Customers could play craps, cards and Keno or bet on horse races, as well as baseball and football games. The casino claimed that that their slot machines were the most liberal in the state. To improve service, Harrah’s installed a light on top of each slot machine, which alerted casino personnel to a big payout. Bill was the originator of popular bus programs that continue today, where casinos transport customers to the club and then reimburse them with money and vouchers on their arrival. Over time, Harrah’s modest start grew into an international resort-hotel-casino-entertainment conglomerate.

National crime syndicates ignored Reno’s relatively clean, established gaming industry and instead focused on a little town on the Union Pacific Railroad called Las Vegas. In 1931, work started on the federal government’s massive Boulder Dam project and the sleepy farm community exploded in population. Benjamin “Bugsy” Siegel was a New York mobster and hit man who had been running illegal gambling joints in California.

Bugsy wanted to invest ill-gotten cash proceeds from the Mafia’s national bootlegging racket in legitimate Las Vegas casinos. An opportunity arose when the developer of a new casino ran out of money and Bugsy bailed him out. Unfortunately for Bugsy, the construction of the Flamingo Hotel & Casino had been marred by corruption and inadequate oversight; project costs soared as the club’s opening was repeatedly delayed. Siegel had also been fighting publicly with his beautiful wife, Virginia Hill, whose flaming red hair had inspired the casino’s name.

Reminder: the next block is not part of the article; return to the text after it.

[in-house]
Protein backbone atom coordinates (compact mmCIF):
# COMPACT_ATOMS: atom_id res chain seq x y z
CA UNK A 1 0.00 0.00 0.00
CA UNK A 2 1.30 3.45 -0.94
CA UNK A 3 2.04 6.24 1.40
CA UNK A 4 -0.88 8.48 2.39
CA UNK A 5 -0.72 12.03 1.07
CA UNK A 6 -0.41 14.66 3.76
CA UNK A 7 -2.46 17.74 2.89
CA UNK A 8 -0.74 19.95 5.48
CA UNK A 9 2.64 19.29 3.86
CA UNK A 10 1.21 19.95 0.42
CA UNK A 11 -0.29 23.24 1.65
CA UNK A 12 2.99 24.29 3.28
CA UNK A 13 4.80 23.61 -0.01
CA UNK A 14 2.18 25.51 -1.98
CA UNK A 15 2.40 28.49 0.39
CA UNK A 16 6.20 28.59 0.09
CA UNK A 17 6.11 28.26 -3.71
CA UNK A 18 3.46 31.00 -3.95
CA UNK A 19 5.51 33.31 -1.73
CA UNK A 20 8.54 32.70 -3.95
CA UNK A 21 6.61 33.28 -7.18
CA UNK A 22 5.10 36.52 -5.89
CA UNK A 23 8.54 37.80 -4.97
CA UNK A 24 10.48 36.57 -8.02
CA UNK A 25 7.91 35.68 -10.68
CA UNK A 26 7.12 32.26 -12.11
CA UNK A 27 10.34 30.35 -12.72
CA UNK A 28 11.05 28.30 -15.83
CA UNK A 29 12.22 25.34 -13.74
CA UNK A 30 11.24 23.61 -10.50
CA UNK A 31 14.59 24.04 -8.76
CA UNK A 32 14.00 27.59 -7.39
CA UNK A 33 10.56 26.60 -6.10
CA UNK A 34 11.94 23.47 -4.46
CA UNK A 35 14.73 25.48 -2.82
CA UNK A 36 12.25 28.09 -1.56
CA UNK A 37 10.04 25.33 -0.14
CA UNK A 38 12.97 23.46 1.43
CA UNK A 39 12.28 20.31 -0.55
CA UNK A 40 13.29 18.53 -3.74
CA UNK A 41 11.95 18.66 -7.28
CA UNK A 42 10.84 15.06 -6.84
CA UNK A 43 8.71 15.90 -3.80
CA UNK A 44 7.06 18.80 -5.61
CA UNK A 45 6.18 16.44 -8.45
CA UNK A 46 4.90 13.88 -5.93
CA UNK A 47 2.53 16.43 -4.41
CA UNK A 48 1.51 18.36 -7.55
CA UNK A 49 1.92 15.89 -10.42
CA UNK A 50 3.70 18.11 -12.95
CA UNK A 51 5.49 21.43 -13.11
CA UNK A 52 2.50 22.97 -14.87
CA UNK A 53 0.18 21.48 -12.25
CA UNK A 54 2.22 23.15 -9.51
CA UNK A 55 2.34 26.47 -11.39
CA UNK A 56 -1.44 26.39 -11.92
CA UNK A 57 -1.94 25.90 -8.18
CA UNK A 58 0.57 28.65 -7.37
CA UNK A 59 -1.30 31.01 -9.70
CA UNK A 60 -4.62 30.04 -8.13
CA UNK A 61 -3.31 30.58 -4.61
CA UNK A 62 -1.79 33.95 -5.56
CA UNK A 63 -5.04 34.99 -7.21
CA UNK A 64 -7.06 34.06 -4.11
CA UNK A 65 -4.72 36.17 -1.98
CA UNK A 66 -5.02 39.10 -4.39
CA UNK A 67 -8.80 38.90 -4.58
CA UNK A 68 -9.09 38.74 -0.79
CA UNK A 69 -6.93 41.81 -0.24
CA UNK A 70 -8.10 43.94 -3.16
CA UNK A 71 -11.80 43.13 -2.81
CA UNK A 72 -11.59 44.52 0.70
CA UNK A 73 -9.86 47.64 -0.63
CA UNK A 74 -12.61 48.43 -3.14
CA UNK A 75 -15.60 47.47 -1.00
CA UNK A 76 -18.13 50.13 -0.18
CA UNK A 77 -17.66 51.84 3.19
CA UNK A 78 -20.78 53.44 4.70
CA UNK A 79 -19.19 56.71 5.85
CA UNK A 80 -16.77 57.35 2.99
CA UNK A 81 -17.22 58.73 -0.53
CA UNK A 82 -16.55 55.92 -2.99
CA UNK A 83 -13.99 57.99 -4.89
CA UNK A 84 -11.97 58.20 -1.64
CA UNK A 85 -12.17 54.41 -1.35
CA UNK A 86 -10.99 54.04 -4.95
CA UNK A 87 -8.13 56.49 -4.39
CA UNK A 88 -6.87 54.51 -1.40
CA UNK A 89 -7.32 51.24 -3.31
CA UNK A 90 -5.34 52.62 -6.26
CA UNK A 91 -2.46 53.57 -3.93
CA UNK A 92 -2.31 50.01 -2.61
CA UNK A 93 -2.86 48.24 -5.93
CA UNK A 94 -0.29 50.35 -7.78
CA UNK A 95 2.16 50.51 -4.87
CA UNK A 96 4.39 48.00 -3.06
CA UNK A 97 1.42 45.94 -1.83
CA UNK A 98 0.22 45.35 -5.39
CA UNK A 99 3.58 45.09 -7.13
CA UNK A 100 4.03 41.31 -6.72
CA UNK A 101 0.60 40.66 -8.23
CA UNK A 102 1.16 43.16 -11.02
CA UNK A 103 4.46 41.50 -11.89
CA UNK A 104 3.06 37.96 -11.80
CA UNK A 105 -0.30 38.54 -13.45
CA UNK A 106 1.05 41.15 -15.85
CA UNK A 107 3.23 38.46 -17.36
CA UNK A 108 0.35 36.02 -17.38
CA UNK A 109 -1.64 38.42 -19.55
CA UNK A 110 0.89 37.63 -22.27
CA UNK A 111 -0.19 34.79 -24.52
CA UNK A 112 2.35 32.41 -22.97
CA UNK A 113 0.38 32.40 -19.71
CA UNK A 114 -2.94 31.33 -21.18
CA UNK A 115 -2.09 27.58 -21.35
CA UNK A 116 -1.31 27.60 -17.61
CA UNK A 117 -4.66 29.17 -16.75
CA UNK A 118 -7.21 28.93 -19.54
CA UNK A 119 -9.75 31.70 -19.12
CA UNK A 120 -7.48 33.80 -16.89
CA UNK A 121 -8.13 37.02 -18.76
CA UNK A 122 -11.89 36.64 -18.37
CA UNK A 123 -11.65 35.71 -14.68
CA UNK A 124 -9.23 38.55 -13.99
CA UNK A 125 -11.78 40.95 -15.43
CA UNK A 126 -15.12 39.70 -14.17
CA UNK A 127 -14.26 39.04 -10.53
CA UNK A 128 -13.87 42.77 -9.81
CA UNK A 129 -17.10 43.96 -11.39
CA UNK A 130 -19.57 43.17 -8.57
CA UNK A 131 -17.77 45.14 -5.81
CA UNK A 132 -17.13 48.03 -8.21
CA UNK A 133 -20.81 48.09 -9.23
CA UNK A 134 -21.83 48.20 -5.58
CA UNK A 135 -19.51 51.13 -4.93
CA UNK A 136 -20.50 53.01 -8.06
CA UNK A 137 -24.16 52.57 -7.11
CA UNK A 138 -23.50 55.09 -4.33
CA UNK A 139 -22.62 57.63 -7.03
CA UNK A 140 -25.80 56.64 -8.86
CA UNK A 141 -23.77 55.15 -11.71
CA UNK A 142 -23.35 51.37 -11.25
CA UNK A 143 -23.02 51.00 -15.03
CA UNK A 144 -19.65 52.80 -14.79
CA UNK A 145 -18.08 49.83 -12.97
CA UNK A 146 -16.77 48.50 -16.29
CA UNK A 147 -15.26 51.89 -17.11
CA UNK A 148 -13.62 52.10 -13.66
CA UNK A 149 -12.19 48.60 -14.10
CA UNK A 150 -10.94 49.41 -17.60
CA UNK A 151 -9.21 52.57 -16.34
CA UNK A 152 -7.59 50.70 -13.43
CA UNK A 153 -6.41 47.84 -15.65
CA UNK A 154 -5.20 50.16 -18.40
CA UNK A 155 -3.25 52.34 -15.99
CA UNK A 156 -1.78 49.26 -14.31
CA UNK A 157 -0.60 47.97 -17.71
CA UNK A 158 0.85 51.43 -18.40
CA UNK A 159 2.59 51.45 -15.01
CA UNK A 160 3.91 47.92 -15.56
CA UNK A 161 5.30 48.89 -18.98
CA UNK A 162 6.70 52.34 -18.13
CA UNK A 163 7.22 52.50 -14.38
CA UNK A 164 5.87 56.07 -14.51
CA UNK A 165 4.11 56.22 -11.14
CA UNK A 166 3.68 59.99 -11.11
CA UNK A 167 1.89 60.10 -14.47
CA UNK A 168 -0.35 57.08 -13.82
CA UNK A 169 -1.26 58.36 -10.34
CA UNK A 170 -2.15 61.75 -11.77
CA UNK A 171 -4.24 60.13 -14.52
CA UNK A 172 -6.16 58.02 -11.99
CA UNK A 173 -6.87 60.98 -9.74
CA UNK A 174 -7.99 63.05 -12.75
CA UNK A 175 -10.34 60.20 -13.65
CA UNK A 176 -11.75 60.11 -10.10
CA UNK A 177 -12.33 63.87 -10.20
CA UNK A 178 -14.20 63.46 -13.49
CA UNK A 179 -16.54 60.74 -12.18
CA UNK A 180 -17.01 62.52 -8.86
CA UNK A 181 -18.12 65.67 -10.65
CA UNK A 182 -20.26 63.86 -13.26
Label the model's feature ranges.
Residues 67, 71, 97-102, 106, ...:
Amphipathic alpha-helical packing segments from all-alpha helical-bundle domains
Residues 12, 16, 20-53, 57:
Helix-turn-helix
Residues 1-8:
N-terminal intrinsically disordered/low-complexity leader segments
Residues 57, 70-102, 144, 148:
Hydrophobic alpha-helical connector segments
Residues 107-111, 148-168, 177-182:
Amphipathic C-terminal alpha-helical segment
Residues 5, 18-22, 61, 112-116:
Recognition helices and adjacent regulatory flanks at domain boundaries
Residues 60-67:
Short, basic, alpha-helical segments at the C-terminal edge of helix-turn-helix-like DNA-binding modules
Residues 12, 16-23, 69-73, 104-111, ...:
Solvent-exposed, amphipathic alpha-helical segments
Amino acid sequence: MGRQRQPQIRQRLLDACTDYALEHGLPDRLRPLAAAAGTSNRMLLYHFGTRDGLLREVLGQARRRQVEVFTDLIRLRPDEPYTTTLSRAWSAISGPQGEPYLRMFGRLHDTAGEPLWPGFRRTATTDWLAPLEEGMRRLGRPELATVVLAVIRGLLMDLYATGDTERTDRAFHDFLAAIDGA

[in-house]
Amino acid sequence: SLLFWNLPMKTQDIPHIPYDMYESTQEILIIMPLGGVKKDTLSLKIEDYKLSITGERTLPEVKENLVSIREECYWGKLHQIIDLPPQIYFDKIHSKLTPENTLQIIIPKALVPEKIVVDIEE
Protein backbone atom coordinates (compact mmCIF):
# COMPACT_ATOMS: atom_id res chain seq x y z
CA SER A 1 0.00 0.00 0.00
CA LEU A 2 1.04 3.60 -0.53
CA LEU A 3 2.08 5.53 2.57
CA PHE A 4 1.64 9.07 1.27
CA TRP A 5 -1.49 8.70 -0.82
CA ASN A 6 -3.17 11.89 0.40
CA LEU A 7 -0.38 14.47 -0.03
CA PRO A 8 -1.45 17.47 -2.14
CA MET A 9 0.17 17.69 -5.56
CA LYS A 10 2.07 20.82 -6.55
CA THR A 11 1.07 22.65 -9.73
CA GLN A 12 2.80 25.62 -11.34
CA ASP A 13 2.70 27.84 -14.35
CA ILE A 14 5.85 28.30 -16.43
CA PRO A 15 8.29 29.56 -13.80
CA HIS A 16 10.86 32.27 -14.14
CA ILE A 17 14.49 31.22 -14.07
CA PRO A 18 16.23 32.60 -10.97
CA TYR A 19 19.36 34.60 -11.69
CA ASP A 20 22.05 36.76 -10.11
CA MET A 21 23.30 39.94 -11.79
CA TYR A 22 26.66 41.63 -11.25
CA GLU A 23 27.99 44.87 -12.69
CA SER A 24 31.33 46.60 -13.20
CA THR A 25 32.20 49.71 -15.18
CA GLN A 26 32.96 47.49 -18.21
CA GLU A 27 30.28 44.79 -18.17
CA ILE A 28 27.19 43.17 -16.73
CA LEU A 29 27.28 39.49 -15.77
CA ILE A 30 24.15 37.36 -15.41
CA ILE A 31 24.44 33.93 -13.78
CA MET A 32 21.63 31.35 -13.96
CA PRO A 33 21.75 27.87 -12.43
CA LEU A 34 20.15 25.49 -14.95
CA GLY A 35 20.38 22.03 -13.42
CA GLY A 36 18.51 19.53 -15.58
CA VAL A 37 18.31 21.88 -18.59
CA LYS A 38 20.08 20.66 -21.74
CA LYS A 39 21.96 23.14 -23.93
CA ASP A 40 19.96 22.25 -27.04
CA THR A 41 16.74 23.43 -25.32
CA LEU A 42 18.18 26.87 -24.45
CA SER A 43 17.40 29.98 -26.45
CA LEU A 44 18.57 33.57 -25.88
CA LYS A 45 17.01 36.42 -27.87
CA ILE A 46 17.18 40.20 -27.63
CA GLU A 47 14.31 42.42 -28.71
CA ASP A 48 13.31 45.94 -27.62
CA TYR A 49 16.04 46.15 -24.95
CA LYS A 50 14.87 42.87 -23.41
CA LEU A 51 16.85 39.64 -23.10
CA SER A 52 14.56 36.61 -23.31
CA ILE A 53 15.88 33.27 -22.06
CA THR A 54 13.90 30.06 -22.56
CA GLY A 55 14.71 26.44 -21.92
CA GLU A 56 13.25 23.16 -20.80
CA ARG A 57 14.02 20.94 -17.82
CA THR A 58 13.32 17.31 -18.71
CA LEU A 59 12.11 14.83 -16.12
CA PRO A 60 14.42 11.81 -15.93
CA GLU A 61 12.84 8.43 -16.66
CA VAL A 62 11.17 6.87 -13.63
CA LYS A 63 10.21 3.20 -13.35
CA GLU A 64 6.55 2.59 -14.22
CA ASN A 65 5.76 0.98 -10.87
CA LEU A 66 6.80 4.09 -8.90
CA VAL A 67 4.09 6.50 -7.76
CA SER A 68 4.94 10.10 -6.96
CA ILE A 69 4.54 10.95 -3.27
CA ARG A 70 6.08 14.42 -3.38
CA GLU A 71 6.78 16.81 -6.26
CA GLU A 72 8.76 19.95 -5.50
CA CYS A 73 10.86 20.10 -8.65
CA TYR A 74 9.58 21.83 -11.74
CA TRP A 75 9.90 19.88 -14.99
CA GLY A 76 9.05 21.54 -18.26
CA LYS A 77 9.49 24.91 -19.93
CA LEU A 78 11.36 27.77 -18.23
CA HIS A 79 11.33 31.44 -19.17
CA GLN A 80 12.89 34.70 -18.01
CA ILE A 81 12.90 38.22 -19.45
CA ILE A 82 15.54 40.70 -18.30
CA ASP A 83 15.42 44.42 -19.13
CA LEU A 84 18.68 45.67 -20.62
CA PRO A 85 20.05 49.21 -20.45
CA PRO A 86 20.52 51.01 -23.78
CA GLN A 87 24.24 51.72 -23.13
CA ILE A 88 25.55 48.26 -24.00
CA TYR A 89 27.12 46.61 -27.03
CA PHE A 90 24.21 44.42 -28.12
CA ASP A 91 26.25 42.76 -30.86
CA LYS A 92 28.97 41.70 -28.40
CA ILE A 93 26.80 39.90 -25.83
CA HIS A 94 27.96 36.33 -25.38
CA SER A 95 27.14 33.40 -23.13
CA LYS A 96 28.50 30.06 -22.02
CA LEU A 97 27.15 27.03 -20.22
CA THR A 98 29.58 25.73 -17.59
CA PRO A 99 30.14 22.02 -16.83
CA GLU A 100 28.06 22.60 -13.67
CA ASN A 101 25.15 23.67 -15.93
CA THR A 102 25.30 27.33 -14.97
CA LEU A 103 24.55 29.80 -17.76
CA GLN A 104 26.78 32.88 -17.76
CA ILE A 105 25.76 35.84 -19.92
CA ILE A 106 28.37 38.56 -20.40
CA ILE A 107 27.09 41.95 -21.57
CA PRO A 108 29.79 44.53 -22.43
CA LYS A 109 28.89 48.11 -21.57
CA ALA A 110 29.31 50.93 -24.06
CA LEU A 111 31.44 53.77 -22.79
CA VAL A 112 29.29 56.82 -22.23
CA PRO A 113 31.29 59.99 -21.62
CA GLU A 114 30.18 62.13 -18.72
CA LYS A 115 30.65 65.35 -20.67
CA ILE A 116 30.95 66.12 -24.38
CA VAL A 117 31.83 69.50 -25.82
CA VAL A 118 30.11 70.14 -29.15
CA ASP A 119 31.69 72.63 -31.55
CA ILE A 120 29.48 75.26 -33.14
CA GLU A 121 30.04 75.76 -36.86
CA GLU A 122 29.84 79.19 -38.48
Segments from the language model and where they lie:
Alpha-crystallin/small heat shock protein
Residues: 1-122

Then, one of Siegel’s associates, Moe Sedway, decided to enter Nevada politics in order to protect the Mafia’s interests. Instead of offering support, the headstrong Siegel’s response was to permanently bar Sedway from the casino. He yelled, “We don’t run for office. We own the politicians!” When the Flamingo lost more than $300,000 in the first few weeks of operation, Siegel’s partners ran out of patience and killed him.

It was never proven who murdered Siegel on June 20, 1947, but it was apparent that he had become an embarrassment and a financial liability to the families in New York. Siegel was reading a newspaper in his Beverly Hills home when an unknown assailant fired five bullets into him at close range. Twenty minutes after the murder, gangsters Gus Greenbaum and Morris Rosen walked into the Flamingo and alerted the staff that they were now in charge. Business at the club didn’t skip a beat.

Greenbaum was a front man for the mob who knew how to make friends and money. He was generous to politicians, charitable organizations and local law enforcement. He could afford to be. Greenbaum had been elected mayor in nearby Paradise, Nev., and the Flamingo was raking in millions of dollars. Mafia money and a booming post-war economy financed additional casinos along the Strip.

The Thunderbird opened in 1948, the Desert Inn in 1950, the Dunes and the Rivera in 1955. Only a few casinos had financial ties to the syndicate, but the mob had its foot in the door, and it would take the Nevada Gaming Commission decades to root it out. Gaming had blossomed in the Nevada desert, a business that grew into the greatest concentration of casino gambling the world has ever seen.